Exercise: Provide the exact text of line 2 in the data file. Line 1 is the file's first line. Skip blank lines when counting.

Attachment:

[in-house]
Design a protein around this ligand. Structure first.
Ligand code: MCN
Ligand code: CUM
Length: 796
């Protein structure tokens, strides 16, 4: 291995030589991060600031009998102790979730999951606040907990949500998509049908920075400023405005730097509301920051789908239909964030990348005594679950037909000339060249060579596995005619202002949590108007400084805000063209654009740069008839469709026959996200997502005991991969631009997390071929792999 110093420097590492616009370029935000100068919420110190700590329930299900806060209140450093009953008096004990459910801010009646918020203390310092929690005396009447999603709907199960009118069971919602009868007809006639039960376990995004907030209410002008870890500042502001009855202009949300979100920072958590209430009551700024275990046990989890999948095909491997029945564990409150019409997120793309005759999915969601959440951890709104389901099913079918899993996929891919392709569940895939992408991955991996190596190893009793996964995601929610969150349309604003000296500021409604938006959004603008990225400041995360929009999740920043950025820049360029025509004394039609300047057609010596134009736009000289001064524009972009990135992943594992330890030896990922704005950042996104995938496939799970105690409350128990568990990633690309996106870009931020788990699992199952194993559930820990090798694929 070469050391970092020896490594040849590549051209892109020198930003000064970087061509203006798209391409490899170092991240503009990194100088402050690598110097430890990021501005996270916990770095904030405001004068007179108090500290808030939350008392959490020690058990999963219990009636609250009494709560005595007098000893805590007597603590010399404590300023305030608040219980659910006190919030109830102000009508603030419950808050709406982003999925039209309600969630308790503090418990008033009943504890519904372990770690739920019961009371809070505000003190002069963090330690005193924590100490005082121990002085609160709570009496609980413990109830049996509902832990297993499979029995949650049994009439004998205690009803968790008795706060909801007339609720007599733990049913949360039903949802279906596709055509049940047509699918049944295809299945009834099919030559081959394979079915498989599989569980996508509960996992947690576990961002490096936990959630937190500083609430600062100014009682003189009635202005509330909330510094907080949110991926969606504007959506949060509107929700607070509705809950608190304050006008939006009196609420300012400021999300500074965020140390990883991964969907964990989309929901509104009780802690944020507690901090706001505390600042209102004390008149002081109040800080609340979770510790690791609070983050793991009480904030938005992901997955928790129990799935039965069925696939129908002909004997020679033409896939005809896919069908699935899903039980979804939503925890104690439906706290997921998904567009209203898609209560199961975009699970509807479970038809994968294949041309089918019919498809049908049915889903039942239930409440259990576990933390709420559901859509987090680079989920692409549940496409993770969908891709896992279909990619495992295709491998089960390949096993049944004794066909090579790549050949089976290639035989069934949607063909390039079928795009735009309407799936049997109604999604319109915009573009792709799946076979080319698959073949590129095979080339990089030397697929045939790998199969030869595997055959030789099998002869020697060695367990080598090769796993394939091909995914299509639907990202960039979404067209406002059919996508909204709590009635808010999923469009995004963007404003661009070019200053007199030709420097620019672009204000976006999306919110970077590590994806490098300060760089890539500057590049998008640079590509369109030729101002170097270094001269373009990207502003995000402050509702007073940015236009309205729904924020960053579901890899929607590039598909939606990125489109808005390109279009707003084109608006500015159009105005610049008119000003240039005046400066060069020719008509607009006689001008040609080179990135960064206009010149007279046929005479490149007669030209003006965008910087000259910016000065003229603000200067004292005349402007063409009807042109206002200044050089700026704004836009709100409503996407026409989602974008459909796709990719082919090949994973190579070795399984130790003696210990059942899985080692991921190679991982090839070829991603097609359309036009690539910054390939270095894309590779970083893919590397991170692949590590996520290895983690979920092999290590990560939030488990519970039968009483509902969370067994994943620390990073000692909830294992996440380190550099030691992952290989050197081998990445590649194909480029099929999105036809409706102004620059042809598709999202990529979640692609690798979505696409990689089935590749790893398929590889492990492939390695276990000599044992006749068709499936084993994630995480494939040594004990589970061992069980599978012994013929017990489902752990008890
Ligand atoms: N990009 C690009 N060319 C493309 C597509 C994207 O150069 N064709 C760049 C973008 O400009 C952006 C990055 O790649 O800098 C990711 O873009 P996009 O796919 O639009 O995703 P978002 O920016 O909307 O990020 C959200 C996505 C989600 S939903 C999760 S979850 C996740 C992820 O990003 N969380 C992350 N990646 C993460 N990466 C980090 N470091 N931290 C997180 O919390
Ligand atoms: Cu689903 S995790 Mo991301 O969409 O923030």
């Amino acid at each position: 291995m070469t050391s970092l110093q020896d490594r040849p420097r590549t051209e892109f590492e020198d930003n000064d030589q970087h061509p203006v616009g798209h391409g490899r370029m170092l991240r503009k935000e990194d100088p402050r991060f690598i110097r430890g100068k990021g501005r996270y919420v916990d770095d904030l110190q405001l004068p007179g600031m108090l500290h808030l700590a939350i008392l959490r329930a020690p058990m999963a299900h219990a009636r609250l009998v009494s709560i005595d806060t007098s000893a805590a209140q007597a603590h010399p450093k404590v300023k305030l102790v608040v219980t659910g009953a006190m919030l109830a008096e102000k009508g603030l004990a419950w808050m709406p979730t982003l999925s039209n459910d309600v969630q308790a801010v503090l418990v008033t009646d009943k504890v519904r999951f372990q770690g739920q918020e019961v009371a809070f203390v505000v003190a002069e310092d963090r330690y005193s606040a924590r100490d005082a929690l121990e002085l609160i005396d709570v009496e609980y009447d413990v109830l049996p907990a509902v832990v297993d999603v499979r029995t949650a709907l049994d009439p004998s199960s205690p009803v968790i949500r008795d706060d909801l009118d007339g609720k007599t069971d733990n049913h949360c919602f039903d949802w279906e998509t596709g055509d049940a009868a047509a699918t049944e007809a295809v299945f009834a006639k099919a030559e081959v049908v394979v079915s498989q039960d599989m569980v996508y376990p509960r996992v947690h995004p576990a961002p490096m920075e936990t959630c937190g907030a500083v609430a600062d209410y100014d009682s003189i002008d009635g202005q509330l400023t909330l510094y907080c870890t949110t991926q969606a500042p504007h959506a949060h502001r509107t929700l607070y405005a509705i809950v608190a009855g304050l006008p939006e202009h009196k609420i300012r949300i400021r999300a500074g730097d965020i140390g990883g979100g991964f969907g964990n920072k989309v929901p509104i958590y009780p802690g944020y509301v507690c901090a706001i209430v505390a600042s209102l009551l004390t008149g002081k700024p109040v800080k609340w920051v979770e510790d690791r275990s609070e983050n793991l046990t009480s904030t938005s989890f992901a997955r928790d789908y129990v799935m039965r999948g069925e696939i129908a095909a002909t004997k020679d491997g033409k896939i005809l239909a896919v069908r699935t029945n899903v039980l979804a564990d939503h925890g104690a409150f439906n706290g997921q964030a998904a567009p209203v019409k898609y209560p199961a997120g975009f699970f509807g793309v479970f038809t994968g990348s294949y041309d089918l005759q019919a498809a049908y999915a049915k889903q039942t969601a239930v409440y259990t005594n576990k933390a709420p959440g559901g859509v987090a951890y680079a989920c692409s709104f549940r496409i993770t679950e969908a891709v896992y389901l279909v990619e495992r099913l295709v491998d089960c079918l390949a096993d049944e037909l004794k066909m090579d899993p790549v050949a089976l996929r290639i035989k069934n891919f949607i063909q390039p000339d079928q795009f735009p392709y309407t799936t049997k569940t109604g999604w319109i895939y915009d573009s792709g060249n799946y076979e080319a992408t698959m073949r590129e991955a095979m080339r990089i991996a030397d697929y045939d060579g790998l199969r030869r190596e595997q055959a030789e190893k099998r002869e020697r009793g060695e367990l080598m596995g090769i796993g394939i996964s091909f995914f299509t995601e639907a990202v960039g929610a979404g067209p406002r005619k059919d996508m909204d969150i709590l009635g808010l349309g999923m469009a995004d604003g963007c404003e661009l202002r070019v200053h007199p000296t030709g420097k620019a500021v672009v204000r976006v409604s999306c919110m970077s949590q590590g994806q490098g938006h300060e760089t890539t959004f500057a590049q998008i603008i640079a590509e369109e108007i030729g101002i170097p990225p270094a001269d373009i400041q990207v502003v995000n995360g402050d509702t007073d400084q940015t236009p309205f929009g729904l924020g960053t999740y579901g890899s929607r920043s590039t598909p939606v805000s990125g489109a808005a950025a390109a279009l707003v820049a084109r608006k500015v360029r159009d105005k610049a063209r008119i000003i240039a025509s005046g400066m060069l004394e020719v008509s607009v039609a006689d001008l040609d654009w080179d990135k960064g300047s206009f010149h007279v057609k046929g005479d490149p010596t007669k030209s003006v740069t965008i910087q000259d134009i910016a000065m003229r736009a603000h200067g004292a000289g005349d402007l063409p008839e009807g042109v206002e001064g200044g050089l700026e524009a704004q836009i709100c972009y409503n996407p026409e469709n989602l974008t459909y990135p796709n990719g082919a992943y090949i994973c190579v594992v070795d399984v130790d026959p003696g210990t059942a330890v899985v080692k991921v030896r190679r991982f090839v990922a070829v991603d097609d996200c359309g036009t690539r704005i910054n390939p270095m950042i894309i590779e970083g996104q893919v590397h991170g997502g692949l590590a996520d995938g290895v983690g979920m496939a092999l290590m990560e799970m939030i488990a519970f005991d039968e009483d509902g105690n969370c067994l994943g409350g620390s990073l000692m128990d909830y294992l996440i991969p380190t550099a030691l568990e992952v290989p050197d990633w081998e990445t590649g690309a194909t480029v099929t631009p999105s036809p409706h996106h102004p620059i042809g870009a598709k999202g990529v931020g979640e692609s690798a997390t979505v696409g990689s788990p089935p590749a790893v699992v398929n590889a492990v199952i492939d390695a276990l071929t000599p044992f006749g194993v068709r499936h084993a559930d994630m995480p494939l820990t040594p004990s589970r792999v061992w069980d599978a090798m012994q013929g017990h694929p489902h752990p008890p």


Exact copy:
Design a protein around this ligand. Structure first.